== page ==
If the refrigerant and secondary fluid connections are transposed, the evaporation temperature will fall, with the risk of freezing and very low performance. SWEP brazed plate heat exchangers used as condensers or evaporators should always be fitted with adequate connections on the refrigerant side.
V-type brazed plate heat exchangers are equipped with a special distribution device at the refrigerant inlet, i.e. normally port F3. The purpose of the distribution device is to distribute the refrigerant evenly in the channels.
The refrigerant liquid should be connected to the lower left connection (F3) and the refrigerant gas outlet to the upper left connection (F1). The secondary fluid circuit inlet should be connected to the upper right connection (F2) and the outlet to the lower right connection (F4).
In two-phase applications such as evaporators, the orientation of the heat exchanger becomes very important. For evaporators, SWEP's brazed plate heat exchangers should be mounted vertically, with the arrow on the front plate pointing upwards.
Although evaporators normally have the refrigerant inlet in the bottom, it is possible to evaporate downwards. This means that refrigerant will enter the evaporator in connection F1 and gas will leave the evaporator from connection F3. In these circumstances, performance will be reduced. Ensure that no refrigerant liquid enters the compressor. This installation may also lead to control problems.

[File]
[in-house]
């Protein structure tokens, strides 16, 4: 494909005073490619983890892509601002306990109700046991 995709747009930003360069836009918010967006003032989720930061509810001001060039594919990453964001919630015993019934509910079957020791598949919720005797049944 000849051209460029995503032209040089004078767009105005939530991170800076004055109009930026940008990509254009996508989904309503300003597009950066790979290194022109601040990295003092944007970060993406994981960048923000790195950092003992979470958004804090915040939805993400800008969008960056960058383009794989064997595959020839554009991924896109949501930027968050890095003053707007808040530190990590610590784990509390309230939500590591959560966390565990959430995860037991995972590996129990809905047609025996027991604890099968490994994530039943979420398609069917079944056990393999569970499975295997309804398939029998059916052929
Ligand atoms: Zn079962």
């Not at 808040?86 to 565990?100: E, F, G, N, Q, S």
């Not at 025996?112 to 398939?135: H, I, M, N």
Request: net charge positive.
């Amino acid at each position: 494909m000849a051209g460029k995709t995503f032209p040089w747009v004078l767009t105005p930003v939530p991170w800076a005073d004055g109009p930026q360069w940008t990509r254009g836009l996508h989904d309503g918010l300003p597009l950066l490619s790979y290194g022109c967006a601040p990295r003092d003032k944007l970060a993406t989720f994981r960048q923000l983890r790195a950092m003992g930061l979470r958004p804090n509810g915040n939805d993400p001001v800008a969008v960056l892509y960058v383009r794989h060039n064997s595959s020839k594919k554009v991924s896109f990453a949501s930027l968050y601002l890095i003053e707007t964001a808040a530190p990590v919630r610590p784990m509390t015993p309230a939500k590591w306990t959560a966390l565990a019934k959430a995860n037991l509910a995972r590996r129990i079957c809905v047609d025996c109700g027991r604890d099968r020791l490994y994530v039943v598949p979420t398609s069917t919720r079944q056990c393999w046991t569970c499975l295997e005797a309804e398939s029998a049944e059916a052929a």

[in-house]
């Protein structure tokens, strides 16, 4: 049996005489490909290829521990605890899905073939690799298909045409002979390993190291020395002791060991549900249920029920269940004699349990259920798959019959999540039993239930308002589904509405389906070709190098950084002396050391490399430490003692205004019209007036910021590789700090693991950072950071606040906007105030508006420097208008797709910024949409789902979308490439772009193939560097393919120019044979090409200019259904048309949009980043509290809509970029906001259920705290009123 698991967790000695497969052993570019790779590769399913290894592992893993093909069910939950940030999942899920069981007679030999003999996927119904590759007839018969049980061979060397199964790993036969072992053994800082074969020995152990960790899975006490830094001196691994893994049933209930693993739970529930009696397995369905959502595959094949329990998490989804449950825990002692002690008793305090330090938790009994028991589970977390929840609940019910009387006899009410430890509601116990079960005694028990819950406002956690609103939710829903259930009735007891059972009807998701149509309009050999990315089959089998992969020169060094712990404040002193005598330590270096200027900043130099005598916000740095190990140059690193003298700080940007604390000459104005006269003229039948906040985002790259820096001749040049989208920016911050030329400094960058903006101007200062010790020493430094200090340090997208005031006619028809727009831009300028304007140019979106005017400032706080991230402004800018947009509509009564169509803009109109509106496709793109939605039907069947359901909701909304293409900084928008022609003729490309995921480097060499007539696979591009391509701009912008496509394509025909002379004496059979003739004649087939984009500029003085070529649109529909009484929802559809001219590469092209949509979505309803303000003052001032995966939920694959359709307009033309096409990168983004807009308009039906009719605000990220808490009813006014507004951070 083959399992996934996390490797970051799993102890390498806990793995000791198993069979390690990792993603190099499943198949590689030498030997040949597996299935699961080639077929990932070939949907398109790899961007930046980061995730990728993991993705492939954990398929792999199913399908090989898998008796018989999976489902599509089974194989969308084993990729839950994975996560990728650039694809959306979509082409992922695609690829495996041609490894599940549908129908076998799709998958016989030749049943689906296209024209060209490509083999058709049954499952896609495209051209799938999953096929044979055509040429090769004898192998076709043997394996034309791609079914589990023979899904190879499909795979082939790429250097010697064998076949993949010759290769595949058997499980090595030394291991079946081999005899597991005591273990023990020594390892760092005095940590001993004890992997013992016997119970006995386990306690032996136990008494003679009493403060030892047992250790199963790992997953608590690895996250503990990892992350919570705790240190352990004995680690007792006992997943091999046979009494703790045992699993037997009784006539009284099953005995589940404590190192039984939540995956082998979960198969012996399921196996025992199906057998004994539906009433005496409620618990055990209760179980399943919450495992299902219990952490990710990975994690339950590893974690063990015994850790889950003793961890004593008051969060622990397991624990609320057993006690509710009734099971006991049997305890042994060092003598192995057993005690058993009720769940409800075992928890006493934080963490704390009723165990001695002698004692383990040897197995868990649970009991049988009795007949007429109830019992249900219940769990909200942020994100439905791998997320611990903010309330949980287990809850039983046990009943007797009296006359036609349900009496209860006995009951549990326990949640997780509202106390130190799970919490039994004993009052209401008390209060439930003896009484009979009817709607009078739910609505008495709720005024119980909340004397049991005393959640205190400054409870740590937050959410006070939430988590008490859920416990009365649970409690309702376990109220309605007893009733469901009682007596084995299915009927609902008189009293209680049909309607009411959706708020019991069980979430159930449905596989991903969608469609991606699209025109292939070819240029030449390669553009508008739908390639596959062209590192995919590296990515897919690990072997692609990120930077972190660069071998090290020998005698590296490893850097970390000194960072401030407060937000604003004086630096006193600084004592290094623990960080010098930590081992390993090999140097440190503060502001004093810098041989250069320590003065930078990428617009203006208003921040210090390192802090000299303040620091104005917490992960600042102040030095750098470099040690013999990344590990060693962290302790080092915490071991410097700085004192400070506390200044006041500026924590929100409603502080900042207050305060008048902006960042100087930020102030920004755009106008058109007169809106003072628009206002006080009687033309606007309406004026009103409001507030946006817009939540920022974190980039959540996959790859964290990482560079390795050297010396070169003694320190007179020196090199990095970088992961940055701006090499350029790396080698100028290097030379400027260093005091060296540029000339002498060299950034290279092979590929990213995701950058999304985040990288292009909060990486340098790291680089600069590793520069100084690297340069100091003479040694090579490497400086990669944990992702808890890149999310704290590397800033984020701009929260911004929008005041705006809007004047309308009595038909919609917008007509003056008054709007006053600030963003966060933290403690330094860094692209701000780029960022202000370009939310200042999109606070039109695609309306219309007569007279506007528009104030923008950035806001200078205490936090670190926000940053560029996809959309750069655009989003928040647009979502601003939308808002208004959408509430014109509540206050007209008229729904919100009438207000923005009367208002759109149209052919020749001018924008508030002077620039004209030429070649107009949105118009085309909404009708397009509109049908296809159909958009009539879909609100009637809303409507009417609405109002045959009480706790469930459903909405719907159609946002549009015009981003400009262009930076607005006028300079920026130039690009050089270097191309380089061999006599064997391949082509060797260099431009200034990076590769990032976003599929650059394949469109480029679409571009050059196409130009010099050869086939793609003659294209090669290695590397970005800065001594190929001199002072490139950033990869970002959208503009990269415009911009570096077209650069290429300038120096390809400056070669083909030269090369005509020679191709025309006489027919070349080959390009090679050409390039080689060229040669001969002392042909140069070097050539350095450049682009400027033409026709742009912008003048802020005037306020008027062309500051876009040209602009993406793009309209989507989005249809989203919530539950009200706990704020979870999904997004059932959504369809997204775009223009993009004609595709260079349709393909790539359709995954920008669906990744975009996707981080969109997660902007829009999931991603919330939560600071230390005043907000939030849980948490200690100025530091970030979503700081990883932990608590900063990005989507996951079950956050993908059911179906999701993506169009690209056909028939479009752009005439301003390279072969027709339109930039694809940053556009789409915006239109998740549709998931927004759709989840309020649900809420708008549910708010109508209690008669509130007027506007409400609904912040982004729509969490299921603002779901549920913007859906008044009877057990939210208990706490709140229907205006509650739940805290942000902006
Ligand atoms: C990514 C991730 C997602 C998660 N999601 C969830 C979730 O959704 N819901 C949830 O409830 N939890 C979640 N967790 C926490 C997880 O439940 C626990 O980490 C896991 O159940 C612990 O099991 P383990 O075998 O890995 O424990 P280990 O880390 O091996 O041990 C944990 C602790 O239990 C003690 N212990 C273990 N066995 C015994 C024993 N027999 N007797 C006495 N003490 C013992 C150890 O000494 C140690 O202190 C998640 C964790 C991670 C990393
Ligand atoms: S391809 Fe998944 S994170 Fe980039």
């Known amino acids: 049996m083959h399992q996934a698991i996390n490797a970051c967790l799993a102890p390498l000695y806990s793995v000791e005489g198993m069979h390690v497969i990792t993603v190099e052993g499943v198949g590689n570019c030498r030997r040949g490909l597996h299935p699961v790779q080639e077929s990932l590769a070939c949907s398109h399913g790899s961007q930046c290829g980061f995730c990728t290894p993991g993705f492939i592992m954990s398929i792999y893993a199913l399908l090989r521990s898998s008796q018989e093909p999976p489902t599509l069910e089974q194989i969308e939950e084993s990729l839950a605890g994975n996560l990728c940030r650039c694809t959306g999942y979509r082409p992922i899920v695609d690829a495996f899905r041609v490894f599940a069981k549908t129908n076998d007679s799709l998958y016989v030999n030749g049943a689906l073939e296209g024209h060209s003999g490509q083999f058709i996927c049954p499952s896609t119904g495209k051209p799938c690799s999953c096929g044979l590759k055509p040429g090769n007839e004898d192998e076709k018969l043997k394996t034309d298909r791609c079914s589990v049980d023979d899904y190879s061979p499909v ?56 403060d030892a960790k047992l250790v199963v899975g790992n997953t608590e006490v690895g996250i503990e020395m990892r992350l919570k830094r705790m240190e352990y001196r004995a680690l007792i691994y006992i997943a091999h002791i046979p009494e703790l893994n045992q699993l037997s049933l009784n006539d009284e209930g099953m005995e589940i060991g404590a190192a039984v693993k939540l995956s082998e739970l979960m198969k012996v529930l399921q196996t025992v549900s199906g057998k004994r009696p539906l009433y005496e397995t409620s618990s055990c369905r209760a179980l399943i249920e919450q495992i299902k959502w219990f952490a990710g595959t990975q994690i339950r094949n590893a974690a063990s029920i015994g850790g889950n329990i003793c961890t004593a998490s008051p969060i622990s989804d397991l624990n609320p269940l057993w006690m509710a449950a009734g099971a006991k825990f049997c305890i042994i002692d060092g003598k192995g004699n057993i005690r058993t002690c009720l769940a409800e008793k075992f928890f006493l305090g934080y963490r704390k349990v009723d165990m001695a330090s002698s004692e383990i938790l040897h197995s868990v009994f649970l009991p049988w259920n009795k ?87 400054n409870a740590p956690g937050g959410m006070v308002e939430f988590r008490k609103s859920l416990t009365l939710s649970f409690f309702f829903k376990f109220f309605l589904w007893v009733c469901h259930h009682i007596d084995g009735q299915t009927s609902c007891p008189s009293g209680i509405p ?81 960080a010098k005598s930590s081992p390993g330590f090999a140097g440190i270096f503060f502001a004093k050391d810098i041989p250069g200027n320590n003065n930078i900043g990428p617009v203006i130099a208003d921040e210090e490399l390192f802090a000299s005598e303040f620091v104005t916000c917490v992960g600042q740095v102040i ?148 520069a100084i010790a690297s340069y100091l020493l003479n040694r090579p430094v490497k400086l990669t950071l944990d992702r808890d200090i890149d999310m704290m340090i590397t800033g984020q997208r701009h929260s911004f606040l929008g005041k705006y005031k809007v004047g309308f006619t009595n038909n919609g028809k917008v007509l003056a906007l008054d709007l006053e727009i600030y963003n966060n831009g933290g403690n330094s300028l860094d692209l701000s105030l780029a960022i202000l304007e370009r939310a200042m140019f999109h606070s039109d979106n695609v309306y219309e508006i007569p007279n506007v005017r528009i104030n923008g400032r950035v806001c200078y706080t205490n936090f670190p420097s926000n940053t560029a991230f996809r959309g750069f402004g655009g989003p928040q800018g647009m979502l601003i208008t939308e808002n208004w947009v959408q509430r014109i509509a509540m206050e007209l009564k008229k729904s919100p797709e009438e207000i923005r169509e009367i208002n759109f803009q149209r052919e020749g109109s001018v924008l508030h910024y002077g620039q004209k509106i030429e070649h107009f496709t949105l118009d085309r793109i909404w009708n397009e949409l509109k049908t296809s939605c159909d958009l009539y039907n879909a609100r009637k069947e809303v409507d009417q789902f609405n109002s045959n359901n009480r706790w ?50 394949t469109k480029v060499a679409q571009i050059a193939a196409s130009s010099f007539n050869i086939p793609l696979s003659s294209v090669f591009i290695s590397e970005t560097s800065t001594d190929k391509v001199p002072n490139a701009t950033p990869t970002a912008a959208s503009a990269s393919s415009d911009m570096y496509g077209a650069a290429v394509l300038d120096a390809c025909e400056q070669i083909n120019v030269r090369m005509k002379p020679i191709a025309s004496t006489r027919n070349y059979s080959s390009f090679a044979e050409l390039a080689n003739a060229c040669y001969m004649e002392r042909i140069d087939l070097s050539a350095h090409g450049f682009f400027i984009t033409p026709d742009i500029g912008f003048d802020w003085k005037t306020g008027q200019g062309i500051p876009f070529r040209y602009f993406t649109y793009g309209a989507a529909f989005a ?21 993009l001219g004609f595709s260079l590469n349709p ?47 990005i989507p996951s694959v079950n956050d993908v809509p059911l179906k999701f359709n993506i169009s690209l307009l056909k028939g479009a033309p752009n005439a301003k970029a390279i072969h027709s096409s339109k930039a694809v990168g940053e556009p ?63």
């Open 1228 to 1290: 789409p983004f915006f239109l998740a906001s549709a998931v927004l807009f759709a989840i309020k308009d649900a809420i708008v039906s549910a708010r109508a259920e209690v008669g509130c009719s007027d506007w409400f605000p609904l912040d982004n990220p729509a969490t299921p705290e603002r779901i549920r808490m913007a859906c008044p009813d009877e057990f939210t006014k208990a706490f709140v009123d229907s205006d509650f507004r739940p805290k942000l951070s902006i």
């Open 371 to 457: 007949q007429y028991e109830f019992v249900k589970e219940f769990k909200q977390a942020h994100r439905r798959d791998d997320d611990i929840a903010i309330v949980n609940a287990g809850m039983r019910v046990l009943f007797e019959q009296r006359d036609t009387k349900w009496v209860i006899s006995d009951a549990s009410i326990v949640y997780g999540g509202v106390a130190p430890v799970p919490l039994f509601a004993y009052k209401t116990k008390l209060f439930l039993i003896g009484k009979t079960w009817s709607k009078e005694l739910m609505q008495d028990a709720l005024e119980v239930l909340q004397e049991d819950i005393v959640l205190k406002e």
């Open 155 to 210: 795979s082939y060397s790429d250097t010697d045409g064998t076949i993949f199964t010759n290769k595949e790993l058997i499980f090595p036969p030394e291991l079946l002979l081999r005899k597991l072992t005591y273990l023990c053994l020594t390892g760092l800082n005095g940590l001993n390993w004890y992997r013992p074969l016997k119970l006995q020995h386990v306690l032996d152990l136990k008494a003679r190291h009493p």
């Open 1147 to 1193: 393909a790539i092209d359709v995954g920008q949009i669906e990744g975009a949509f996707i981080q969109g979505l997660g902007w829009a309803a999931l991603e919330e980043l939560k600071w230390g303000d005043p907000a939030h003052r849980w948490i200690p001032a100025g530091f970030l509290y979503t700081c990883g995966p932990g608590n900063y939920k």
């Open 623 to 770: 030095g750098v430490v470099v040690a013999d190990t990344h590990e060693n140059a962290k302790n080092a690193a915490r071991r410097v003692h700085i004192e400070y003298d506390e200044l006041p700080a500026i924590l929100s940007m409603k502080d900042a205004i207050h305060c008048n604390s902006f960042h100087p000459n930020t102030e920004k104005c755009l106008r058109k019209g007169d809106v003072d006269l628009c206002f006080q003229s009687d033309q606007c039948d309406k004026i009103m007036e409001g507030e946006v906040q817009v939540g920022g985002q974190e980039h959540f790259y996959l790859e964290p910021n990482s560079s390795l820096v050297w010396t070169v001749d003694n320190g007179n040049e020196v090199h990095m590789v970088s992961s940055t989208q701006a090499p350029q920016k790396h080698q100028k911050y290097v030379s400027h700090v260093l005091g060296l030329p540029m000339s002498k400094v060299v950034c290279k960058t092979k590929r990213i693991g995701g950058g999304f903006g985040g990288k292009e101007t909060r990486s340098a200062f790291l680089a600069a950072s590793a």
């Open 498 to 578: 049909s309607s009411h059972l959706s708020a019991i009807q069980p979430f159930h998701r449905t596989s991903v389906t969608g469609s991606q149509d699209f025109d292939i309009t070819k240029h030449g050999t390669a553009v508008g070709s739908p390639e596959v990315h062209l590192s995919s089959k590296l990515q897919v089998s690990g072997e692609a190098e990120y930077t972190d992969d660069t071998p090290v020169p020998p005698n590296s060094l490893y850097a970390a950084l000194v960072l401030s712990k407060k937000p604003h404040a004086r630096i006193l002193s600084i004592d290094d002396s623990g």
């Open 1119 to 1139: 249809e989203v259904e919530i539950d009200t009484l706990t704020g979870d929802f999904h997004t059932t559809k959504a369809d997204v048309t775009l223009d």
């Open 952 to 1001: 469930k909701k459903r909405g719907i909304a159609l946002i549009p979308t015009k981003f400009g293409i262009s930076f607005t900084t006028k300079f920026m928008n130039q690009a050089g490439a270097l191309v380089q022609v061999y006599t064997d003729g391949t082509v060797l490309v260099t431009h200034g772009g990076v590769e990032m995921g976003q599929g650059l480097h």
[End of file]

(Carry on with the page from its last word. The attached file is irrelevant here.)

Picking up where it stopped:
For DX-evaporators, counter-current flow is the normal flow arrangement because it results in the highest MTD. For flooded evaporators, cocurrent flow is a common flow arrangement because a high inlet temperature difference is needed to initiate the evaporation process.
In cases of very high outlet port velocity, double outlet connections may be needed. This will decrease the velocity and pressure drop in the outlet port and thus increase the performance of the evaporators.
In the case of parallel installed evaporators with one compressor, it is important to make sure that the pressure drops in the suction lines are the same. This is to minimize maldistribution and prevent poor performance.
For evaporators, it is practical to measure the water temperature inside the heat exchanger. This can be achieved by equipping the evaporator with sensor connections on the back of the evaporator (P2/P4). The sensor connections are internally threaded where a temperature sensor can be attached. It is important here to ensure that the sensor is long enough to reach at least the middle of the port.
As with evaporators, the orientation of the heat exchanger is also very important for condensers. For condensers, SWEP's brazed plate heat exchangers should be mounted vertically, with the arrow on the front plate pointing upwards.
In a SWEP condenser, the refrigerant gas should be connected to the upper left connection, F1, and the condensate to the lower left connection, F3 (see Figure 8.20). The secondary fluid circuit inlet should be connected to the lower right connection, F4, and the outlet to the upper right connection, F2.
Counter-current flow is the normal flow arrangement, resulting in the highest MTD. Condenser can be tilted with some performance loss. The condenser is normally less sensitive to tilting compared with evaporators, for which the performance losses are significant.